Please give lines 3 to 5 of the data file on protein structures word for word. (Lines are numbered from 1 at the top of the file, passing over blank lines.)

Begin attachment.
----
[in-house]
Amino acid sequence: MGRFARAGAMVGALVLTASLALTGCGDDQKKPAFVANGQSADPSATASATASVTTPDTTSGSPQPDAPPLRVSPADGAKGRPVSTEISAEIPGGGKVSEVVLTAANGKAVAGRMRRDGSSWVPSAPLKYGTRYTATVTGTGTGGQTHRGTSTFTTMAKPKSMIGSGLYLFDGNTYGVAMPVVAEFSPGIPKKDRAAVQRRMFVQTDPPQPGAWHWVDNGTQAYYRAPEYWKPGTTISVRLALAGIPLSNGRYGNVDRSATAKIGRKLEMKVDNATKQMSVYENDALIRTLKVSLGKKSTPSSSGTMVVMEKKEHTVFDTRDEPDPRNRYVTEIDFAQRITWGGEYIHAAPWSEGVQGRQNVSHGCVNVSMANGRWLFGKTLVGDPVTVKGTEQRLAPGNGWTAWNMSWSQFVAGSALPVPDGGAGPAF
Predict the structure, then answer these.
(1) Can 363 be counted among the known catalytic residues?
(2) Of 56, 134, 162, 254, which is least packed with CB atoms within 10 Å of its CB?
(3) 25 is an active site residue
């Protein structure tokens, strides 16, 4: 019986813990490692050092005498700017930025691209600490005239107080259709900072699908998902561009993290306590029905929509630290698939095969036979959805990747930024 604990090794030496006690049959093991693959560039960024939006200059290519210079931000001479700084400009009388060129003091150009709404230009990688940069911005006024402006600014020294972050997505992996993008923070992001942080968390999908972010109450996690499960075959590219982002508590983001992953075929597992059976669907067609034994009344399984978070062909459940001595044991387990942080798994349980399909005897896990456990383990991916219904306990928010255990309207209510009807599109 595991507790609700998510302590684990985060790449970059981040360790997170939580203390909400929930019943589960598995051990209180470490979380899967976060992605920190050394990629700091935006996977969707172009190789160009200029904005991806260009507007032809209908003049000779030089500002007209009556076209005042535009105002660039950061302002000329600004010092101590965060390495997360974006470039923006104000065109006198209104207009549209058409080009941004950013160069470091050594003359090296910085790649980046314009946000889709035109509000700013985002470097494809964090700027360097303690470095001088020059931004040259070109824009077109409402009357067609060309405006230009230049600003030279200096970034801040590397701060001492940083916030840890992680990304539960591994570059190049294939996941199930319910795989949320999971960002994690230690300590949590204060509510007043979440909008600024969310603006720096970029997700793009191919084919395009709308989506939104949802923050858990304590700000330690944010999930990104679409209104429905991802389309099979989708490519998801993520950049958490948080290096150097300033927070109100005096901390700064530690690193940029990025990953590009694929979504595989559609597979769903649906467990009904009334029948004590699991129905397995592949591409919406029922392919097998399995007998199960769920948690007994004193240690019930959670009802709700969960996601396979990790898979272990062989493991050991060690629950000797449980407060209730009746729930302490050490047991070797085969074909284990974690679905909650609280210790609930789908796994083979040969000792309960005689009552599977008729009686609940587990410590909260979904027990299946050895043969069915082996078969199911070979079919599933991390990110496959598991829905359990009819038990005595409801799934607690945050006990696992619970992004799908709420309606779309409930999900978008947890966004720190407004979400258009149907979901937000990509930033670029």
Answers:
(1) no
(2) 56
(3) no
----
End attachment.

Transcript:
Predict the structure, then answer these.
(1) Can 363 be counted among the known catalytic residues?
(2) Of 56, 134, 162, 254, which is least packed with CB atoms within 10 Å of its CB?